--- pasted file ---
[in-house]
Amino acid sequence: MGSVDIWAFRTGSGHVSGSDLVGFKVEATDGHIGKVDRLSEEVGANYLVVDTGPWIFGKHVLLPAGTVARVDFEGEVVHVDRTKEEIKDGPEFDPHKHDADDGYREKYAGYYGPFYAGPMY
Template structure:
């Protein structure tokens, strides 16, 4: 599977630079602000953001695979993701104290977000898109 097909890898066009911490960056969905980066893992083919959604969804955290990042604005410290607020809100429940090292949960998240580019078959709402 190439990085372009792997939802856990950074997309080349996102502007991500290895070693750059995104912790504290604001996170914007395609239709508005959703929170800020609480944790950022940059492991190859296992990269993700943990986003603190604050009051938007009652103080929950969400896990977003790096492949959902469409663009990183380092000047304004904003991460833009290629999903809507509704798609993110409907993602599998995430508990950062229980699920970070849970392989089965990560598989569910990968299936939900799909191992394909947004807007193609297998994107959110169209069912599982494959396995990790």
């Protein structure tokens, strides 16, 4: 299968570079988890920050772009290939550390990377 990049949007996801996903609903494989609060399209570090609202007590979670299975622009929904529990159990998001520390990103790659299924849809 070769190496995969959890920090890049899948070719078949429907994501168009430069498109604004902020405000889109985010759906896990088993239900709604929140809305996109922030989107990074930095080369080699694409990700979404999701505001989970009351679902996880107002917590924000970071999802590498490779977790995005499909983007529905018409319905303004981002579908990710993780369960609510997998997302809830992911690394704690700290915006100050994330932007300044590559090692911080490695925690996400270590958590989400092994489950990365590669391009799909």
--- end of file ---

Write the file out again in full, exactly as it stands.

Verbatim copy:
[in-house]
Amino acid sequence: MGSVDIWAFRTGSGHVSGSDLVGFKVEATDGHIGKVDRLSEEVGANYLVVDTGPWIFGKHVLLPAGTVARVDFEGEVVHVDRTKEEIKDGPEFDPHKHDADDGYREKYAGYYGPFYAGPMY
Template structure:
């Protein structure tokens, strides 16, 4: 599977630079602000953001695979993701104290977000898109 097909890898066009911490960056969905980066893992083919959604969804955290990042604005410290607020809100429940090292949960998240580019078959709402 190439990085372009792997939802856990950074997309080349996102502007991500290895070693750059995104912790504290604001996170914007395609239709508005959703929170800020609480944790950022940059492991190859296992990269993700943990986003603190604050009051938007009652103080929950969400896990977003790096492949959902469409663009990183380092000047304004904003991460833009290629999903809507509704798609993110409907993602599998995430508990950062229980699920970070849970392989089965990560598989569910990968299936939900799909191992394909947004807007193609297998994107959110169209069912599982494959396995990790």
């Protein structure tokens, strides 16, 4: 299968570079988890920050772009290939550390990377 990049949007996801996903609903494989609060399209570090609202007590979670299975622009929904529990159990998001520390990103790659299924849809 070769190496995969959890920090890049899948070719078949429907994501168009430069498109604004902020405000889109985010759906896990088993239900709604929140809305996109922030989107990074930095080369080699694409990700979404999701505001989970009351679902996880107002917590924000970071999802590498490779977790995005499909983007529905018409319905303004981002579908990710993780369960609510997998997302809830992911690394704690700290915006100050994330932007300044590559090692911080490695925690996400270590958590989400092994489950990365590669391009799909």